NASSAU, BAHAMAS — Sandra Cooper, 42, said what she needs to prepare for a complete lockdown in New Providence is not more time, but more income.
She worked with a takeaway business, but the service has been discontinued in compliance with the recent emergency orders that only permit essential services to operate.
Her husband, a hotelier of Atlantis, is among thousands of employees who have been out of work since the resort closed its doors in March.
He has been unable to find supplemental income, but has applied to the National Insurance Board and the Department of Social Services for assistance.
Her teenage daughter provides the single source of income for the home at current, “getting couple dollars doing packing” at Super Value.
Her son celebrated just celebrate his fourth birthday.
As he played in the front yard of their apartment off Wulff Road, Cooper said the boy remains largely unaware of the challenges in the home and those facing the nation.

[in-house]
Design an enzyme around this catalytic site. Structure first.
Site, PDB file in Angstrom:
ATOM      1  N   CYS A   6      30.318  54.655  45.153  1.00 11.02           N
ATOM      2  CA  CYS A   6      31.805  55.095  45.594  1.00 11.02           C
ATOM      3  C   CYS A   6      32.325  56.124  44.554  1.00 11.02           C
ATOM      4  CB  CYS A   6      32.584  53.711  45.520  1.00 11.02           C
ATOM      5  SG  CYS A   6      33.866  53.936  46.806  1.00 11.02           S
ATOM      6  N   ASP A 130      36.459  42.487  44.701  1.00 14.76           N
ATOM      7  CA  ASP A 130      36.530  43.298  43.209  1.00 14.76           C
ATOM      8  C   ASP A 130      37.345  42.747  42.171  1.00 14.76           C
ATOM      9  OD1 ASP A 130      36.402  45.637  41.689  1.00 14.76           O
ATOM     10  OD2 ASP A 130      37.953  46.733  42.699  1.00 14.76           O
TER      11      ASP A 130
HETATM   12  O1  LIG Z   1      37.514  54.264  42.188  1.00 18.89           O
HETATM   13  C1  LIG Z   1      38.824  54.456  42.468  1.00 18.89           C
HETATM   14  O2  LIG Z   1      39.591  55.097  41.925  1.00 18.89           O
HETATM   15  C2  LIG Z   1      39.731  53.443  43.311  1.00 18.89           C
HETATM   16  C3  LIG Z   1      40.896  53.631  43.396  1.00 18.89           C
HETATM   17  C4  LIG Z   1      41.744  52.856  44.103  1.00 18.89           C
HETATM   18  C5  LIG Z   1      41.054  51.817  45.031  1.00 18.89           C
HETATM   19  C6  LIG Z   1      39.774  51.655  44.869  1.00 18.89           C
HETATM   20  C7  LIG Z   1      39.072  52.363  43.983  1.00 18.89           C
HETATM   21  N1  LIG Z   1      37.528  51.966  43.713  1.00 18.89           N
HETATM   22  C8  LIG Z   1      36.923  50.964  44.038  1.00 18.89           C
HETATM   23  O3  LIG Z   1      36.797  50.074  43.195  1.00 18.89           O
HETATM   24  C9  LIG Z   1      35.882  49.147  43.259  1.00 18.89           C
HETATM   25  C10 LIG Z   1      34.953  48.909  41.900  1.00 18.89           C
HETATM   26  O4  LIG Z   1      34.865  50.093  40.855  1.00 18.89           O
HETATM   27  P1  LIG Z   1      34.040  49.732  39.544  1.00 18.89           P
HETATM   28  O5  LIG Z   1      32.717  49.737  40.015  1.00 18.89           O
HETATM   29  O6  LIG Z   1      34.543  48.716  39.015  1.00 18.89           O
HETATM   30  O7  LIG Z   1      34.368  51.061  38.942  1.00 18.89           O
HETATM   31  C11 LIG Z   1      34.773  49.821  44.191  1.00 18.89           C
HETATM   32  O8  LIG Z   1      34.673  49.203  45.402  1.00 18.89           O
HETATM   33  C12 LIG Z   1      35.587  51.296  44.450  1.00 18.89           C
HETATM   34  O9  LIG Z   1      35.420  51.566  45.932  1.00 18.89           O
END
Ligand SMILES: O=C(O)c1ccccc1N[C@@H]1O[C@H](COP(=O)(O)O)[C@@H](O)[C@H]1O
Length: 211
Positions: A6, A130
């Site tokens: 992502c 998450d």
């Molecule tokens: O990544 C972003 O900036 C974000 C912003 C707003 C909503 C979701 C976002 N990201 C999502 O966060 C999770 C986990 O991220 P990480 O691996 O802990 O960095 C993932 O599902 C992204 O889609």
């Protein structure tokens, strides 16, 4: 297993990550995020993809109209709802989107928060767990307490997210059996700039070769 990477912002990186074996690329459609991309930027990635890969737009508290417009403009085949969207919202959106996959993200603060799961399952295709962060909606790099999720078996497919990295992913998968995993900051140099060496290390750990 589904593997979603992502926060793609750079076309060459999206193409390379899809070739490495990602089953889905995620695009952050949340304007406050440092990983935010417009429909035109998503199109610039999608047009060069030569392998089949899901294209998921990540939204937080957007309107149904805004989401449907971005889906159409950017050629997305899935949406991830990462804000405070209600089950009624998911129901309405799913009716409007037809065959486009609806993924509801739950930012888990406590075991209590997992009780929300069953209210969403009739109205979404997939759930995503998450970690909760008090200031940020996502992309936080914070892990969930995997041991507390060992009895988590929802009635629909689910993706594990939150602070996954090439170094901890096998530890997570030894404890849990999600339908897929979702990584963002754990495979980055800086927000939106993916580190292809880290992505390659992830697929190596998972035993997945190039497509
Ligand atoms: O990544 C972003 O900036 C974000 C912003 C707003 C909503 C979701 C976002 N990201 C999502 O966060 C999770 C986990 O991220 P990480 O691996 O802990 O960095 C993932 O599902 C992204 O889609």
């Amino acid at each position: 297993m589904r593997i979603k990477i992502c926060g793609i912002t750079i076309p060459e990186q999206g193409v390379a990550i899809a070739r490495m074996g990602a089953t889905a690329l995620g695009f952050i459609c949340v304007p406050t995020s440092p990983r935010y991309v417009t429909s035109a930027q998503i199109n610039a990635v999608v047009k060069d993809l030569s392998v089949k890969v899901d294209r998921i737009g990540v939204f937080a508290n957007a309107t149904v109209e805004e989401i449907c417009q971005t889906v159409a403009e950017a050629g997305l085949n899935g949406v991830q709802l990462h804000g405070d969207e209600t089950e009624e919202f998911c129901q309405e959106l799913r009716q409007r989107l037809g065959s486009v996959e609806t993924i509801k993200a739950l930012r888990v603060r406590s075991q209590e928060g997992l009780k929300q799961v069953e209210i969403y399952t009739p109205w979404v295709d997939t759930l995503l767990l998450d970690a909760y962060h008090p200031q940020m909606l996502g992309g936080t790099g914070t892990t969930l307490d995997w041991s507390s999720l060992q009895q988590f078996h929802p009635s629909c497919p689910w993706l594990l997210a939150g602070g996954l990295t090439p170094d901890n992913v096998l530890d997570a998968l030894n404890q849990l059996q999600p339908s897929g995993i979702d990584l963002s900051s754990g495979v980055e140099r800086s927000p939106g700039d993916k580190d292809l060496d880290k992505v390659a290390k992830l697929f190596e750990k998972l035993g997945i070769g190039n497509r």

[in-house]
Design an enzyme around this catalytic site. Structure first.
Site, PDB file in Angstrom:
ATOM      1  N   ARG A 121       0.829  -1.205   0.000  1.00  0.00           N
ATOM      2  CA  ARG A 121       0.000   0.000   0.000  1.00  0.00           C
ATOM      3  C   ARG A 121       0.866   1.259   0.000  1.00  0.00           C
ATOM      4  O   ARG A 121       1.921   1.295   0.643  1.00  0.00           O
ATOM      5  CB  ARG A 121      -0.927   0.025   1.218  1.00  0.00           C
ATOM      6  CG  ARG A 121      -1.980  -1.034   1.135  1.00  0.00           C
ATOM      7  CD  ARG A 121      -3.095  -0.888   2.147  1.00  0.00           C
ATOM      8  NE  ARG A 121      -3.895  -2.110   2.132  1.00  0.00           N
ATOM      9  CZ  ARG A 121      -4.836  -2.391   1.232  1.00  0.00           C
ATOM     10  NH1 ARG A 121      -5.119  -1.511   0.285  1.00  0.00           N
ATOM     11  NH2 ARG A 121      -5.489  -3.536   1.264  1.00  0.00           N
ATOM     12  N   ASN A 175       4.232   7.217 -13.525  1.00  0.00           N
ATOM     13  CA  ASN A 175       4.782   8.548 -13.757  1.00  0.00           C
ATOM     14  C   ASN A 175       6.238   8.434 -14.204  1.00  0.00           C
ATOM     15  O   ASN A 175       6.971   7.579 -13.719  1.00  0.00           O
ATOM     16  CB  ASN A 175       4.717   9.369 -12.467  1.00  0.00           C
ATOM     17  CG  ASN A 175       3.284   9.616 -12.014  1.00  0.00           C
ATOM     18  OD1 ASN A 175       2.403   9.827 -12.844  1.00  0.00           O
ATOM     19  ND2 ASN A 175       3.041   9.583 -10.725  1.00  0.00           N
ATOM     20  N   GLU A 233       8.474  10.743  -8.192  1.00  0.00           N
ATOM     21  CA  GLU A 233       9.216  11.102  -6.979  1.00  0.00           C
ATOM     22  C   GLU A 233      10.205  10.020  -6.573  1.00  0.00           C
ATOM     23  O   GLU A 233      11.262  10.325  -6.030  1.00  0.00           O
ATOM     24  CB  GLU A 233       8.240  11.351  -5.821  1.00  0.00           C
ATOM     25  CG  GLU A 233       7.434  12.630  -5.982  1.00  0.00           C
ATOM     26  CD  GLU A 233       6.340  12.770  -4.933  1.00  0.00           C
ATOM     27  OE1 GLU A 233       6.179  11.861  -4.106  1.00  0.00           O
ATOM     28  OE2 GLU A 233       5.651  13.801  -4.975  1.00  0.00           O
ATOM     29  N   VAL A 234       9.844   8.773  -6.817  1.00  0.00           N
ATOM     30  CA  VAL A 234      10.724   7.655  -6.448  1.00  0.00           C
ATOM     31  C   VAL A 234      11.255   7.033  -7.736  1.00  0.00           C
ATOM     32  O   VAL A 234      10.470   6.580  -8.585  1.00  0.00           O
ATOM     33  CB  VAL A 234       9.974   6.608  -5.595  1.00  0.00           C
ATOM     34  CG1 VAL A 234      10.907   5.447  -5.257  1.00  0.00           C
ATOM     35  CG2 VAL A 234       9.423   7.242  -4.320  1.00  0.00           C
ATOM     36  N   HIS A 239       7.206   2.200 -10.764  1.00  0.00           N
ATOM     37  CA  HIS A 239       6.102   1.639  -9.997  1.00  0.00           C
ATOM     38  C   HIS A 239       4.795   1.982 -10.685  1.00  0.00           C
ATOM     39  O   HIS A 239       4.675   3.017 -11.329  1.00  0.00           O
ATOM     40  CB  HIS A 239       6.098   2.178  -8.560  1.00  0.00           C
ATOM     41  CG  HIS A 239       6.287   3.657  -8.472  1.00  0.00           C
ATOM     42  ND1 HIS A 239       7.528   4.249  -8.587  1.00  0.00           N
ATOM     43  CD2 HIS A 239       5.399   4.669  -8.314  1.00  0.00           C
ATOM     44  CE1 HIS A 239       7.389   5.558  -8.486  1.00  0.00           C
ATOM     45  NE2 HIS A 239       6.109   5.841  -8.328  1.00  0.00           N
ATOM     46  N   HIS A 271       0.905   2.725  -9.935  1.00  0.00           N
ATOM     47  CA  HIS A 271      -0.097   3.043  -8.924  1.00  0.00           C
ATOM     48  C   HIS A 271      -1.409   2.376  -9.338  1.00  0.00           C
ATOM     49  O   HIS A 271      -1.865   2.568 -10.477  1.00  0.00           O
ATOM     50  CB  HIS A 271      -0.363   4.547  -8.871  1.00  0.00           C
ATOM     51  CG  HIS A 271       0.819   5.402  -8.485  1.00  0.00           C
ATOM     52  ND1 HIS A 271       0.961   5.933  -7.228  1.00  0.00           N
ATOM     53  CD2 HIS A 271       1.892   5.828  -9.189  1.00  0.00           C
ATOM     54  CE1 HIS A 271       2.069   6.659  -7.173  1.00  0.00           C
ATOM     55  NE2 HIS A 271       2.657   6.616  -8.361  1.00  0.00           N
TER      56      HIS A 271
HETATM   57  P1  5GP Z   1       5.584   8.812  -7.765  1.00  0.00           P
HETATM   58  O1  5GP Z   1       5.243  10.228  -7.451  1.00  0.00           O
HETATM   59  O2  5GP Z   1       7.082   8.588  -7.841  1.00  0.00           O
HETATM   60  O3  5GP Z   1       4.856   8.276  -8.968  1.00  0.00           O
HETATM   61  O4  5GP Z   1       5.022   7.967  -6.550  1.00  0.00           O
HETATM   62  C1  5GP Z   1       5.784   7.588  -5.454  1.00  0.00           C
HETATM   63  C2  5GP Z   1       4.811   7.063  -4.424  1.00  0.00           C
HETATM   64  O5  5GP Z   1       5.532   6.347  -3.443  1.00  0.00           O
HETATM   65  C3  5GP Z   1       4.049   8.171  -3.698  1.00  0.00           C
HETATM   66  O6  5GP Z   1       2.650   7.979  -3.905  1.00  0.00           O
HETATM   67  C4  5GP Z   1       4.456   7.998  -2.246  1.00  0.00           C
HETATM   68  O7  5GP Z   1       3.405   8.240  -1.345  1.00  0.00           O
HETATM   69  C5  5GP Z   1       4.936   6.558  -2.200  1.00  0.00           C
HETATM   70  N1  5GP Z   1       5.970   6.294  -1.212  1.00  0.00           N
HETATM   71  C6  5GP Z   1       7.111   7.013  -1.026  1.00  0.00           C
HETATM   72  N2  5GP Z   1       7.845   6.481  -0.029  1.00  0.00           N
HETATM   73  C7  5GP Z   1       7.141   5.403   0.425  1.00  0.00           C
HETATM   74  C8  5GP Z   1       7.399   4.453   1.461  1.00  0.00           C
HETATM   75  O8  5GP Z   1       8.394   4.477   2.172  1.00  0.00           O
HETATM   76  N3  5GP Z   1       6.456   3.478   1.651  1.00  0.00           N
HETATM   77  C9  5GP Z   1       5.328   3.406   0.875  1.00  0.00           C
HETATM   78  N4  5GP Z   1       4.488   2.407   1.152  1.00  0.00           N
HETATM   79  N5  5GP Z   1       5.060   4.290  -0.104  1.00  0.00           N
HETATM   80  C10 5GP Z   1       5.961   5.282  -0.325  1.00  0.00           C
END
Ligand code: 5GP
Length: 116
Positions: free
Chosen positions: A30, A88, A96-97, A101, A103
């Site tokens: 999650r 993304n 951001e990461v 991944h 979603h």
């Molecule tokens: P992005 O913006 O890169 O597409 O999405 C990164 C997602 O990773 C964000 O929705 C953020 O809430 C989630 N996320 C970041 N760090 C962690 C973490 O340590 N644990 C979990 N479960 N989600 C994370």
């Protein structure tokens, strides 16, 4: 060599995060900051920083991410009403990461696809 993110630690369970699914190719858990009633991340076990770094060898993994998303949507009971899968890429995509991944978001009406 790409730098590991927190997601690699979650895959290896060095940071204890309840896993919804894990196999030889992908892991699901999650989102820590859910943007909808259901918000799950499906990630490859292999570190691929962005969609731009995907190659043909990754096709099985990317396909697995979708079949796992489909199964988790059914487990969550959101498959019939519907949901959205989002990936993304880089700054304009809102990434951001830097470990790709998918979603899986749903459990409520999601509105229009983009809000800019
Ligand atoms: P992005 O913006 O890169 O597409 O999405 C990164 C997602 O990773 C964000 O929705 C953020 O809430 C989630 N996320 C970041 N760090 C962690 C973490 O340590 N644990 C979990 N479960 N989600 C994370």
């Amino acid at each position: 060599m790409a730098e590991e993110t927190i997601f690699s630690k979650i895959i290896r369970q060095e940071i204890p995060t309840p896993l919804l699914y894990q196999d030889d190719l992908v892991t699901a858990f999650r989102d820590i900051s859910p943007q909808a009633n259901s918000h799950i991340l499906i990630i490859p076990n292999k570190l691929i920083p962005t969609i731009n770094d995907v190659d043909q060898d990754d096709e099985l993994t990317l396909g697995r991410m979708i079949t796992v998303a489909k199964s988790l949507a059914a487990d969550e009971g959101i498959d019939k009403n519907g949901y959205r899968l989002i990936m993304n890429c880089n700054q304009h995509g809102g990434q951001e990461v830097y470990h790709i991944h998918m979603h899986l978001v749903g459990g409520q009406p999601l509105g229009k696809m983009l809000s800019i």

She said she does her best to limit interaction with the public, but it has not been easy having to visit public institutions where there have been large crowds.
“We don’t hardly have enough, but we try,” Cooper told Eyewitness News.
When asked if she had enough food in the home, she responded: “No. no. no. We still need groceries.
“We don’t have enough and my husband doesn’t work, you know. We don’t have it since the job had to close with the hotel because all hotels closed. I work from [a] takeaway, but I don’t do it anymore.
“I just got one little girl who does packing. She only gets couple dollars. We buy corn beef and things like that, and [canned] mackerel.”
Cooper’s husband, Jean Charles, an experienced drywall installer and security guard, claimed despite applying for benefits from NIB he has yet to receive assistance.